“I’m only trying to bring good relations between the families. As I always do, and always will. No matter what happens or who’s in charge. If it’s me, God forbid. Or whoever.“
Here, we can see that Paulie is clearly floating the idea that he could become the boss of New Jersey. Even his “God forbid” comes across as insincere.
At the time, Johnny Sack was filling Paulie full of crap about how Carmine Lupertazzi, Sr. held him in high regard. And Paulie was gobbling up every single bit of it up.
However, Paulie soon finds out that Carmine doesn’t even know who he is.
After realizing that it was all a ploy by Johnny to get information out of him, Paulie quickly reassesses the situation and re-diverts his loyalty back to Tony.
While Tony was dying in hospital, Paulie was extremely reluctant to “kick up” to Carmela.
As Tony is lying on his deathbed, Paulie refuses to “kick up” a piece of his share of the Colombian heist to Carmela.
Paulie only changes his mind after it becomes apparent that Tony will survive.
During a conversation with his cousin Little Paulie, he bemoans the fact that he has to pay “the princess of Little Italy”.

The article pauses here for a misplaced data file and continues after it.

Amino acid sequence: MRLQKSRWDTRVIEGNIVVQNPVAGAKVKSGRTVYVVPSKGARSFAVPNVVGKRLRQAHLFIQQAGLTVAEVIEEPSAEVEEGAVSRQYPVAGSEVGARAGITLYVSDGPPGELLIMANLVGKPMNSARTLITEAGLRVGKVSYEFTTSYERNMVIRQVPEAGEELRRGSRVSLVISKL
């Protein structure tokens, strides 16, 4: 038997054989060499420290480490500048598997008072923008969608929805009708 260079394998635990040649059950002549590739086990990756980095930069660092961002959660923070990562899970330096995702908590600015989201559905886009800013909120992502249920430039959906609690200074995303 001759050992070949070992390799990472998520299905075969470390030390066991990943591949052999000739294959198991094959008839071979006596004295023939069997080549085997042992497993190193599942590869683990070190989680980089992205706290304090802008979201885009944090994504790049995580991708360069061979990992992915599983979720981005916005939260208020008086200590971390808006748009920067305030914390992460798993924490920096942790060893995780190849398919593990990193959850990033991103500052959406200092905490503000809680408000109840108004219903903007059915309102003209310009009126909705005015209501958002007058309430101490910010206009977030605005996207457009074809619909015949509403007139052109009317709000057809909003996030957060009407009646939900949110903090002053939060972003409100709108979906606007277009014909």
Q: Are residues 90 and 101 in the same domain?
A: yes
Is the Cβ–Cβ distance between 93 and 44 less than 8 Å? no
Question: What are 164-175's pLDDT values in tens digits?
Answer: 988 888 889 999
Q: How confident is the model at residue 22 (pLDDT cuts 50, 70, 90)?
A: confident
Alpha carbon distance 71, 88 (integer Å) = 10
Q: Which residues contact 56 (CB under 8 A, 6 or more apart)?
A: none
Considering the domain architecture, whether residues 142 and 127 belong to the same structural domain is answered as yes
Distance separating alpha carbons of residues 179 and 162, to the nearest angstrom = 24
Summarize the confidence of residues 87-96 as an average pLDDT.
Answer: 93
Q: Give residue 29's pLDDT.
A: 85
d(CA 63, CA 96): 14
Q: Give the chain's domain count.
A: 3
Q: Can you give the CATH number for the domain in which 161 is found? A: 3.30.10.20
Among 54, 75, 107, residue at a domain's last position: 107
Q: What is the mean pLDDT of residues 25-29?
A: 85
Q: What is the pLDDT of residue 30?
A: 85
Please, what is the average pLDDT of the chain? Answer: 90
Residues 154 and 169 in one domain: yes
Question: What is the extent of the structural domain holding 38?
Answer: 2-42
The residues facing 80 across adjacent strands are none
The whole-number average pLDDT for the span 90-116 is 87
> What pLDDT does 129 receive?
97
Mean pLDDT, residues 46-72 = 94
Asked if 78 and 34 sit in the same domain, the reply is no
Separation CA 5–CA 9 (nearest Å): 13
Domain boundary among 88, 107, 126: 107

- Paulie: Certain people… let me tell you.
- Little Paulie: Look, c’mon. Not Sil again.
- Paulie: Carmela! T’s a f*cking vegetable. But I still gotta pay tribute to the princess of Little Italy.
- Little Paulie: She’s the boss’s wife, what you gonna do?
- Paulie: F*ck her.
This is not the behavior of a loyal friend.
Paulie feared that Tony would kill him.
Tony (rightfully) believed that it was Paulie who leaked the joke about Johnny Sack’s wife back in Season Four.
In Season Six, Tony and Paulie are forced to go on the run together after the body of a man they murdered back in 1982 is found.
During their “trip”, Paulie’s presence begins to grate on Tony.
In a number of scenes, Tony gets “that look” that we have all come to know. A mean look that seems to appear whenever bad thoughts are swirling through that head of his.